Utilization of bilateral TKA lower among African American vs white patients
Although African American patients experienced low in-hospital complication rates after bilateral total knee arthroplasty, published results showed a lower utilization of bilateral TKA among these patients compared with white patients.
Bella Mehta, MBBS, MS, and colleagues computed differences in temporal trends in utilization and major in-hospital complication rates of bilateral TKA vs. unilateral TKA between African American and white patients from 2007 to 2016. Researchers assessed racial differences in trends adjusted for individual-, hospital- and community-level variables using multivariable logistic regression models.
During the time period studied, researchers identified an estimated 276,194 bilateral TKAs and 5,528,429 unilateral TKAs performed in the United States. Results showed a decline in the proportion of bilateral TKA among all TKAs from 5.53% in 2007 to 2008 to 4.03% in 2015 to 2016. Researchers noted a significant decline in bilateral TKA utilization compared with unilateral TKA after adjusting for individual-, ecological- and hospital-level variables.
During the study period, researchers found 95% of white patients and 96% of African American patients underwent unilateral TKA, while 5% of white patients and 3.9% of African American patients underwent bilateral TKA.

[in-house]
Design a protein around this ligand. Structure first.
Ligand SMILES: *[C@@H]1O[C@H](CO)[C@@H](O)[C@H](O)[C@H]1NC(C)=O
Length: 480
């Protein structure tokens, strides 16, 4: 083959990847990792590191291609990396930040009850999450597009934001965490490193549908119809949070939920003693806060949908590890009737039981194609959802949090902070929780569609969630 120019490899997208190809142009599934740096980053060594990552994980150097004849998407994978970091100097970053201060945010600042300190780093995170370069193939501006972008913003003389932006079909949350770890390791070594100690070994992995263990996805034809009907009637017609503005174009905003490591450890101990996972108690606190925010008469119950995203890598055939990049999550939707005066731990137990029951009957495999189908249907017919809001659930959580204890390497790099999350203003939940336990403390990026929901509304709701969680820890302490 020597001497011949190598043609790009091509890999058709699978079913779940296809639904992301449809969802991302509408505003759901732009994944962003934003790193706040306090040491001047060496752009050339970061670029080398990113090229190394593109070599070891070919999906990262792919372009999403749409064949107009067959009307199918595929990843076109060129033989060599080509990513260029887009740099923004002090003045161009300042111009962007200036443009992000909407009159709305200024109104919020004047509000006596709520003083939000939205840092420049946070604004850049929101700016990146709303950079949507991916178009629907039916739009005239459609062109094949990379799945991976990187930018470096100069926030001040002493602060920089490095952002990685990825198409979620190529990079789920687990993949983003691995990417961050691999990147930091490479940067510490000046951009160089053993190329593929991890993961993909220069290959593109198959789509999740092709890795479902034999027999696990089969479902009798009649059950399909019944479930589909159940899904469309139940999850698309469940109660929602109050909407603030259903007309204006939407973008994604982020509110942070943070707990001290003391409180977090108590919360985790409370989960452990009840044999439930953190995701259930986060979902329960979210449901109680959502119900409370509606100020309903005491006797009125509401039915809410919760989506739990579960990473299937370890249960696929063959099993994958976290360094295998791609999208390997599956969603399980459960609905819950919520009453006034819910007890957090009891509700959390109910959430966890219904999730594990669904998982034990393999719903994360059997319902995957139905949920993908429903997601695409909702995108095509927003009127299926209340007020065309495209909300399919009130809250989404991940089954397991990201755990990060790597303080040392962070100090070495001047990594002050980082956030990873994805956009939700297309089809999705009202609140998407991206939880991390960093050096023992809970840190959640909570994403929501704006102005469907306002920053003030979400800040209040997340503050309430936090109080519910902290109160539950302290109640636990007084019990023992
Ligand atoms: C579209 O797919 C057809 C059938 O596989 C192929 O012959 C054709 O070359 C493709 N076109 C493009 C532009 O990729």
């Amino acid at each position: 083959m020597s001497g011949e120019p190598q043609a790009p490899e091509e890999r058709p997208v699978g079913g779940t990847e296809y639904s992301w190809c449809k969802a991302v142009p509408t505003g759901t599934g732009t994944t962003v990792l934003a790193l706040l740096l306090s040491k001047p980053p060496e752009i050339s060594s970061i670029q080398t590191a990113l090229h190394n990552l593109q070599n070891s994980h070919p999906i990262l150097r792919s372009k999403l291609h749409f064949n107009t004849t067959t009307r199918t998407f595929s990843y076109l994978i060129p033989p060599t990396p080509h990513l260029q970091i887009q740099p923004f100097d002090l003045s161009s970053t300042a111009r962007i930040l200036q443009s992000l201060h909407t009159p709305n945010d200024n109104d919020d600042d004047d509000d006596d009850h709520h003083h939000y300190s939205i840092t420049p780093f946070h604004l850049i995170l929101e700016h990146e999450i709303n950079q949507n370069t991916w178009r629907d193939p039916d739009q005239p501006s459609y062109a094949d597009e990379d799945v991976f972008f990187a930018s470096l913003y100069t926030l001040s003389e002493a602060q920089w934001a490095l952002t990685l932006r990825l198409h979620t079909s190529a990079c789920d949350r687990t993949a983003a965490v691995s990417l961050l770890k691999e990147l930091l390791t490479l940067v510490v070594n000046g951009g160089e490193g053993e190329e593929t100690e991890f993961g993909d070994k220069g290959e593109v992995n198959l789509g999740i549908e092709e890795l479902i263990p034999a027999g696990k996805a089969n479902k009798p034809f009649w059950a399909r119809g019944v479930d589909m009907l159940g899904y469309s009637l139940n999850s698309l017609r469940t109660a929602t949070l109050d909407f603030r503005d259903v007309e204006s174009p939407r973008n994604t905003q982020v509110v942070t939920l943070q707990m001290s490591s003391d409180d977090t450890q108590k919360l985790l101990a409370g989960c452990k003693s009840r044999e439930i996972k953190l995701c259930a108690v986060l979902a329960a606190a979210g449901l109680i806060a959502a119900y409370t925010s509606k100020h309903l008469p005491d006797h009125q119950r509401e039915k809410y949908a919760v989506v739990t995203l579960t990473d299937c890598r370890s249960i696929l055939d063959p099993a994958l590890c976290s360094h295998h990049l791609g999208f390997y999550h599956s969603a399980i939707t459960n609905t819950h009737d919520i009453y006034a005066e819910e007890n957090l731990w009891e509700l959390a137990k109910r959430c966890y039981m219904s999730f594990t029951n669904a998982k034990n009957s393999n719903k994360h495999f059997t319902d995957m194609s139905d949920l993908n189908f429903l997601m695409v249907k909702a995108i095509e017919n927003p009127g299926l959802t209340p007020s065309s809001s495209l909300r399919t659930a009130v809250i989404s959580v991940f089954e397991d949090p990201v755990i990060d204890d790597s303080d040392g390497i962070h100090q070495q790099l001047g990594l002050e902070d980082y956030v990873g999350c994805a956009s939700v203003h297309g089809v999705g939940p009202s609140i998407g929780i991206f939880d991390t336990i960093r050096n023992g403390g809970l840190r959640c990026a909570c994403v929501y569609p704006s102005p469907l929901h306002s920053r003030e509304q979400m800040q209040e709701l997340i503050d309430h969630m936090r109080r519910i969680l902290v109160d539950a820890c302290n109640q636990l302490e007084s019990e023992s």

“For a select group of patients, [bilateral TKA] is a useful and cost-effective procedure. And what we can see is that African Americans are not getting access to it, and there could be many reasons for that,” Mehta, of Hospital for Special Surgery and Weill Cornell Medicine, told Healio Orthopedics. “Maybe African Americans are choosing not to do this procedure, maybe they’re not offered the procedure or maybe there are other factors that play into this decision.”
However, when adjusted for individual-, ecological- and hospital-level variables, Mehta noted African American patients still had low utilization of bilateral TKA compared with white patients. She added that, although complication rates in bilateral TKA tend to be higher among African American patients, adjusted results showed African American patients had low in-hospital complication rates after bilateral TKA, but high in-hospital complication rates after unilateral TKA.
“There is no [obvious] reason that we can see why these patients are not having utilization of bilateral knee replacements, and we need to look into it closely on a health policy level of what needs to be changed in all of this,” Mehta said.
In the future, Mehta and colleagues plan to assess whether insurance type has an influence on utilization of unilateral or bilateral TKA among patients.
“Maybe they have more Medicaid and Medicare, and maybe there are reimbursement issues and that is why there is such a vast difference in why ‘X’ person gets [bilateral TKA] and ‘Y’ person doesn’t,” Mehta said.